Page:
When a person is assaulted in a way that, looked at objectively, would make them think that they are about to be sexually assaulted, the crime should be treated more seriously than a common law assault, the Victorian Law Reform Commission says.
The recommendation comes in a new report which is the final part of the VLRC’s major inquiry into the justice system response to sexual offences.
The VLRC was asked to review the law after a case in 2020 (DPP v Williams) where a man grabbed a woman and dragged her into an alley, where he lay on top of her until a passer-by intervened. The man was convicted of common law assault.
The man was also charged with assault with intent to commit a sexual offence. He was acquitted because the judge was not certain, based on his actions, that he intended to commit a sexual offence. Following the verdict there was a public campaign for the law to be changed to better protect women in these circumstances.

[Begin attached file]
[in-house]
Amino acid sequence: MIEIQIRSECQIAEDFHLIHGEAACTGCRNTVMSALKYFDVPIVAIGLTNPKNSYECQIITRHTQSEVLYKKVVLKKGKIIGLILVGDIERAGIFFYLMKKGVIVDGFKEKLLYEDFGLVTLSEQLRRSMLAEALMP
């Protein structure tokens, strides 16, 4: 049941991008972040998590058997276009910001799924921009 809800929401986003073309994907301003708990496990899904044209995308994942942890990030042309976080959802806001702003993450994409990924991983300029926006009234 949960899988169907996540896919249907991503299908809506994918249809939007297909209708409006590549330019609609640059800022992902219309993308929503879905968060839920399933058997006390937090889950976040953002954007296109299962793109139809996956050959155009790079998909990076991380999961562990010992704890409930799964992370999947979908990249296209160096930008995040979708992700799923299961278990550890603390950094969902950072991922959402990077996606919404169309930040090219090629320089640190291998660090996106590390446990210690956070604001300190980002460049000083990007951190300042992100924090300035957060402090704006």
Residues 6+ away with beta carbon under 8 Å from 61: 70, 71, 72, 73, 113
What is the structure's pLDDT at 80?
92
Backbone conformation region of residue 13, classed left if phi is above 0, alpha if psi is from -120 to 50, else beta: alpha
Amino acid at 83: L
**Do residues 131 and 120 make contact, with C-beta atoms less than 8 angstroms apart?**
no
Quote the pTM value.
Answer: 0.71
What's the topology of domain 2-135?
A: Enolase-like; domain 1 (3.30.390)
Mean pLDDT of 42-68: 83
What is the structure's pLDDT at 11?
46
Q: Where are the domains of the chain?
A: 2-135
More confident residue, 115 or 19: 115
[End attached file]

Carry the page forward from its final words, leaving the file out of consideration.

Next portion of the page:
The VLRC says that there should be a penalty for an assault where the conduct, looked at objectively, would cause the victim to think she was in danger of being sexually assaulted.
The Crimes Act should be amended to create an ‘aggravating circumstance’ to common law assault to cover situations where an assault would raise a fear that a sexual assault would follow. It would lead to a heavier maximum penalty than a common law assault, ten years in prison.
Chair of the VLRC, the Hon. Anthony North QC said: “People harmed by this conduct experience a level of trauma that is not recognised under the current law. We believe there should be consequences for people who commit an assault that would make the victim fear they are about to be subjected to sexual violence.
“Changing the law would signal to the community the seriousness of this conduct.”
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Nick Gadd, Communications Manager, Mob: 0425 862 firstname.lastname@example.org.